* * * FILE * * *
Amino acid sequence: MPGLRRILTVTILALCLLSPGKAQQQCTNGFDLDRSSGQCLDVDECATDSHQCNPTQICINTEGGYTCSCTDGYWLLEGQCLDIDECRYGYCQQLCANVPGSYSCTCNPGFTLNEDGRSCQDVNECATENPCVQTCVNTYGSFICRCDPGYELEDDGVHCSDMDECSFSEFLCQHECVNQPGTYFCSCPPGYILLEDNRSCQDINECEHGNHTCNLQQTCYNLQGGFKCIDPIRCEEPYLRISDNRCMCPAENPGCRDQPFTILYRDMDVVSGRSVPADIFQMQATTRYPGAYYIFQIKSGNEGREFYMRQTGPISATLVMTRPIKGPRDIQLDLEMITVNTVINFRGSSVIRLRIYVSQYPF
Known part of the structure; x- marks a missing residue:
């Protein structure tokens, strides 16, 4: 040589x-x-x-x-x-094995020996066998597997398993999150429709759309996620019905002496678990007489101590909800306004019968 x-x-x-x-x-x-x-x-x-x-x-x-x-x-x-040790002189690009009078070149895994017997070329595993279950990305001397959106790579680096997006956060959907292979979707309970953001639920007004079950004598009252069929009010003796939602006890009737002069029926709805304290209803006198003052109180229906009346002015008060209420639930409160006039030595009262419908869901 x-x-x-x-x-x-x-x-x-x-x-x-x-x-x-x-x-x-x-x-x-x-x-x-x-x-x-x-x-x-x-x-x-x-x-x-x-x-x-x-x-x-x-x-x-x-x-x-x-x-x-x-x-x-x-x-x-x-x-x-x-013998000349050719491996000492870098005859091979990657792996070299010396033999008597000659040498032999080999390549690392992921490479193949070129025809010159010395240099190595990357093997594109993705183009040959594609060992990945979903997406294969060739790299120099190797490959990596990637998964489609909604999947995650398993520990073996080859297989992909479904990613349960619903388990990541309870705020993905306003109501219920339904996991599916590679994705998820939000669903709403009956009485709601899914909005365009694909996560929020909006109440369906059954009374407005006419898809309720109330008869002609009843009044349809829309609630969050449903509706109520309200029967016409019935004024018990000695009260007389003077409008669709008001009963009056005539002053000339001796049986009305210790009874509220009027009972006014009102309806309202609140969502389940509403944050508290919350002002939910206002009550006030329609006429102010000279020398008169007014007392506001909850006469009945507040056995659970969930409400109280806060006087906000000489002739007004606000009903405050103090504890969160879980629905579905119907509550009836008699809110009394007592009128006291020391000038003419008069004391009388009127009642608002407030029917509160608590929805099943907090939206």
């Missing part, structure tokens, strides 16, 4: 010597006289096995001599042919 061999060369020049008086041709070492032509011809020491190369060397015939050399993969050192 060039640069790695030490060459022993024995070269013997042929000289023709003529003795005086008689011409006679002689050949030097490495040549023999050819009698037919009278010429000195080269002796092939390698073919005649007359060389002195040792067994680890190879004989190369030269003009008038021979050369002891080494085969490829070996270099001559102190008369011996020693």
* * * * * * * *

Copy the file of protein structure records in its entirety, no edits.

Amino acid sequence: MPGLRRILTVTILALCLLSPGKAQQQCTNGFDLDRSSGQCLDVDECATDSHQCNPTQICINTEGGYTCSCTDGYWLLEGQCLDIDECRYGYCQQLCANVPGSYSCTCNPGFTLNEDGRSCQDVNECATENPCVQTCVNTYGSFICRCDPGYELEDDGVHCSDMDECSFSEFLCQHECVNQPGTYFCSCPPGYILLEDNRSCQDINECEHGNHTCNLQQTCYNLQGGFKCIDPIRCEEPYLRISDNRCMCPAENPGCRDQPFTILYRDMDVVSGRSVPADIFQMQATTRYPGAYYIFQIKSGNEGREFYMRQTGPISATLVMTRPIKGPRDIQLDLEMITVNTVINFRGSSVIRLRIYVSQYPF
Known part of the structure; x- marks a missing residue:
């Protein structure tokens, strides 16, 4: 040589x-x-x-x-x-094995020996066998597997398993999150429709759309996620019905002496678990007489101590909800306004019968 x-x-x-x-x-x-x-x-x-x-x-x-x-x-x-040790002189690009009078070149895994017997070329595993279950990305001397959106790579680096997006956060959907292979979707309970953001639920007004079950004598009252069929009010003796939602006890009737002069029926709805304290209803006198003052109180229906009346002015008060209420639930409160006039030595009262419908869901 x-x-x-x-x-x-x-x-x-x-x-x-x-x-x-x-x-x-x-x-x-x-x-x-x-x-x-x-x-x-x-x-x-x-x-x-x-x-x-x-x-x-x-x-x-x-x-x-x-x-x-x-x-x-x-x-x-x-x-x-x-013998000349050719491996000492870098005859091979990657792996070299010396033999008597000659040498032999080999390549690392992921490479193949070129025809010159010395240099190595990357093997594109993705183009040959594609060992990945979903997406294969060739790299120099190797490959990596990637998964489609909604999947995650398993520990073996080859297989992909479904990613349960619903388990990541309870705020993905306003109501219920339904996991599916590679994705998820939000669903709403009956009485709601899914909005365009694909996560929020909006109440369906059954009374407005006419898809309720109330008869002609009843009044349809829309609630969050449903509706109520309200029967016409019935004024018990000695009260007389003077409008669709008001009963009056005539002053000339001796049986009305210790009874509220009027009972006014009102309806309202609140969502389940509403944050508290919350002002939910206002009550006030329609006429102010000279020398008169007014007392506001909850006469009945507040056995659970969930409400109280806060006087906000000489002739007004606000009903405050103090504890969160879980629905579905119907509550009836008699809110009394007592009128006291020391000038003419008069004391009388009127009642608002407030029917509160608590929805099943907090939206």
């Missing part, structure tokens, strides 16, 4: 010597006289096995001599042919 061999060369020049008086041709070492032509011809020491190369060397015939050399993969050192 060039640069790695030490060459022993024995070269013997042929000289023709003529003795005086008689011409006679002689050949030097490495040549023999050819009698037919009278010429000195080269002796092939390698073919005649007359060389002195040792067994680890190879004989190369030269003009008038021979050369002891080494085969490829070996270099001559102190008369011996020693």